Social Prestige(redirected from Prestige (sociology))
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the significance or appeal that social consciousness ascribes to various aspects of human activity. Social prestige may result from such social roles as occupation or status in an organization; it may also result from an individual’s sociopolitical or leisure activities. In addition, social prestige may be based on such psychological qualities as initiative, courage, and intellectualism or on such physical attributes as beauty. Other sources of social prestige are property, consumer goods, cultural values, and, in particular, social groups, institutions, and organizations.
Social prestige is also related to authority, respect, and influence. In the final analysis, the bearer of social prestige is an individual who is endowed with this quality by society as a whole or by particular groups. Material objects may also become transitory symbols of social prestige.
Social prestige is most apparent in the evaluations (generally verbal) by which people rank the objects of social prestige; it is also apparent in the actions by which people manifest their preferences.
The Marxist concept of social prestige proceeds from the conviction that evaluations of prestige are rooted in social reality and above all in the existing social structure; evaluations of prestige are decisively influenced by the prevailing system of value orientations, a system that facilitates the approximate correlation of phenomena in accordance with their ability to satisfy social needs. The dependence of prestige-related evaluations on the system of value orientations explains why such evaluations are dynamic in character. For example, various occupations have had different degrees of social prestige during different historical periods. At the same time, evaluations of prestige have a certain stability and often persist even after the conditions engendering these evaluations no longer exist.
In antagonistic class society, the same object of prestige may have unequal and sometimes antithetical degrees of prestige for people of different classes, social groups, or demographic groups. The prevailing ideology in such a society affirms prestige connected with wealth and expressed in the number of slaves or serfs or the amount of land or capital owned by an individual. Prestige is also attributed to noble origins and social connections or to one’s role in a bureaucratic hierarchy. On the other hand, the mass of working people attributes great prestige to persons with talent, professional skill, and diligence and to champions of social justice.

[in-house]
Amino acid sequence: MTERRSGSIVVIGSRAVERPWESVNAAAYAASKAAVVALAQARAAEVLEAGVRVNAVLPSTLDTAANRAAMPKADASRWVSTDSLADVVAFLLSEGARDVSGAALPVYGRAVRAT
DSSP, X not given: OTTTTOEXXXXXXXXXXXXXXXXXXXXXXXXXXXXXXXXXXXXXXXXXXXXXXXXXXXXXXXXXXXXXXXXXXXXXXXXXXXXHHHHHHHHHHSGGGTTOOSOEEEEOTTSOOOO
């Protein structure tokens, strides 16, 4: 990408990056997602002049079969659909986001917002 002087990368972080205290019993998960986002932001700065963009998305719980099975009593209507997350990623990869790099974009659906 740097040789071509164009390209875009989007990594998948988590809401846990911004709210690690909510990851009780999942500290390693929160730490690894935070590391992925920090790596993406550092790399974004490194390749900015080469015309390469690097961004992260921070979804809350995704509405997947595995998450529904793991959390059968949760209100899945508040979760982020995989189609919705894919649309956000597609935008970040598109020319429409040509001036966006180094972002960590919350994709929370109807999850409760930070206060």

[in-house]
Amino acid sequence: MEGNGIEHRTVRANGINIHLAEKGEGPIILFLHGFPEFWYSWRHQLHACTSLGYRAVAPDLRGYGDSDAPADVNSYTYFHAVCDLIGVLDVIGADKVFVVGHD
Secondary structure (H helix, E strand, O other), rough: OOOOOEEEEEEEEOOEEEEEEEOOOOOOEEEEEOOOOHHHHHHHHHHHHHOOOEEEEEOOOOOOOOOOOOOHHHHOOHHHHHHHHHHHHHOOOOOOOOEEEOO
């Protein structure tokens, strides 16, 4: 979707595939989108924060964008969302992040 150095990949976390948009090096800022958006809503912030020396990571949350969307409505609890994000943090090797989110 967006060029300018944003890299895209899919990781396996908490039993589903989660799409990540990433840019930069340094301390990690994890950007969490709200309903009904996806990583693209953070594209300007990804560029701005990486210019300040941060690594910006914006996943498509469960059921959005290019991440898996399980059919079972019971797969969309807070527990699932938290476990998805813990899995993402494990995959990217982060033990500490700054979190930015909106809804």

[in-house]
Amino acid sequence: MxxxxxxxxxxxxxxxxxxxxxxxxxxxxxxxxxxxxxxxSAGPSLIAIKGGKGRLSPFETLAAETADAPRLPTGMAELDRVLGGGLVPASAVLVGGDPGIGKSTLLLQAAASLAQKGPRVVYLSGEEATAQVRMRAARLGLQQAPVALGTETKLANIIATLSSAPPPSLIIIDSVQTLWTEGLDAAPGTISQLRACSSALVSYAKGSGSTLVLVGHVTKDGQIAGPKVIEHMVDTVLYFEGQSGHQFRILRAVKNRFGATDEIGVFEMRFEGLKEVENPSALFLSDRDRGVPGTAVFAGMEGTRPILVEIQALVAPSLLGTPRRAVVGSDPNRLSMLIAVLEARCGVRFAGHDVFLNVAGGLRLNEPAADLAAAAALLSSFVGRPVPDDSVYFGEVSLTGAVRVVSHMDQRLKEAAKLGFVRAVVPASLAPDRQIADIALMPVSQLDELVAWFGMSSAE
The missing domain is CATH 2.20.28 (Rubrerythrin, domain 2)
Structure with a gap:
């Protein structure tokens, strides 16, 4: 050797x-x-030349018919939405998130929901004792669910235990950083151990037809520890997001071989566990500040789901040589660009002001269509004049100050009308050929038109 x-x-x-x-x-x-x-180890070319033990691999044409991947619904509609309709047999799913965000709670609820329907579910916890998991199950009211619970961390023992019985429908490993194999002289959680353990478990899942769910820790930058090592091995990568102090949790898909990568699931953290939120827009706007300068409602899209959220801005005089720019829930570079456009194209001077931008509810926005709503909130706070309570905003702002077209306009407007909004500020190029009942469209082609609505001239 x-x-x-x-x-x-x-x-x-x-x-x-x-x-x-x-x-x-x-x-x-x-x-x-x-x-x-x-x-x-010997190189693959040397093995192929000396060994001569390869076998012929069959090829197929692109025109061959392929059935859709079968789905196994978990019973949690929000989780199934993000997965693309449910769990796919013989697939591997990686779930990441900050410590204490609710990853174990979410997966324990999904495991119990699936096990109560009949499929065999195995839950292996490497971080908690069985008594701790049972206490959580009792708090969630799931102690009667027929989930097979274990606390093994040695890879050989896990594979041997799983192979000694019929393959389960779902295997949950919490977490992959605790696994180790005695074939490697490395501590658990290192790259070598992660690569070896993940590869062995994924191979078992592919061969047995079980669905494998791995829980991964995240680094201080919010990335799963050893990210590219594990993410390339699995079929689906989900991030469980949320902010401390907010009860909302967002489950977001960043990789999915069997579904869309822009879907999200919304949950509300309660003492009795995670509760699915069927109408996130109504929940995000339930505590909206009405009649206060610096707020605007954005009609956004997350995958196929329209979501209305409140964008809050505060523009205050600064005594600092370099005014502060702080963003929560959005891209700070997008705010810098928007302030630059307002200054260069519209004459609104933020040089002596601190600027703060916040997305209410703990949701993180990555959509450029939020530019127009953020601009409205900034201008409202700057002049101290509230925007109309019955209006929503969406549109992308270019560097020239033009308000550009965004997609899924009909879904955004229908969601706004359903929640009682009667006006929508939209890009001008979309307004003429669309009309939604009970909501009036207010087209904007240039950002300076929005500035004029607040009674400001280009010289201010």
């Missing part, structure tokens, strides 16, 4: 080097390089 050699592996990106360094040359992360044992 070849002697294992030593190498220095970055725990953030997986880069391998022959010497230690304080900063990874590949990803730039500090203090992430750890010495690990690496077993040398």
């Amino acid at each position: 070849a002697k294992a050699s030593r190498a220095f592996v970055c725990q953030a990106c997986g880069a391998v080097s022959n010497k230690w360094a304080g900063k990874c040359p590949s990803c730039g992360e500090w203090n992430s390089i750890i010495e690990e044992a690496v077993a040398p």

Variations in evaluations of social prestige occur in socialist society as well. However, the convergence of classes and social groups in socialist society gradually leads to a leveling of disparate evaluations of prestige on the part of members of different social groups.
The importance of social prestige ultimately stems from the human desire to gain respect within one’s social milieu and from the individual’s need for self-affirmation. At the same time, the extent of social prestige often determines whether an individual or organization can successfully achieve an aim. Therefore, efforts to acquire or maintain a high level of social prestige play an important role in individual motivation and in the activity of organizations. Social prestige encourages activities beneficial to the functioning and development of society.
Under socialism, a person’s place in society is determined primarily by his labor. Accordingly, efficient and creative labor has high prestige value that is an important incentive to the professional activity of workers in socialist society. At the same time, the bourgeois practice of making a fetish of social prestige can have a negative effect on the life of society. In particular, consumer demand for new products, which is urged by advertising, is often stimulated not so much by concern for improved quality as by considerations of prestige. The boosting of the prestige of individuals or organizations through the mass media has a negative effect on the life of society as well. Companies specializing in organizing such campaigns for clients have come into existence in the USA during the 1970’s. The wish to belong to momentarily prestigious occupations often results in an uneven distribution of labor resources.
Empirical studies of social prestige in the socialist countries have aided in the decision-making process at various levels of administration. Such research has included studies of the prestige of various occupations, studies of the sources of mass information, and studies of consumer goods as related to demand and fashion. These studies have utilized such techniques of measuring social prestige as scales and factor analysis.
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V. E. SHLIAPENTOKH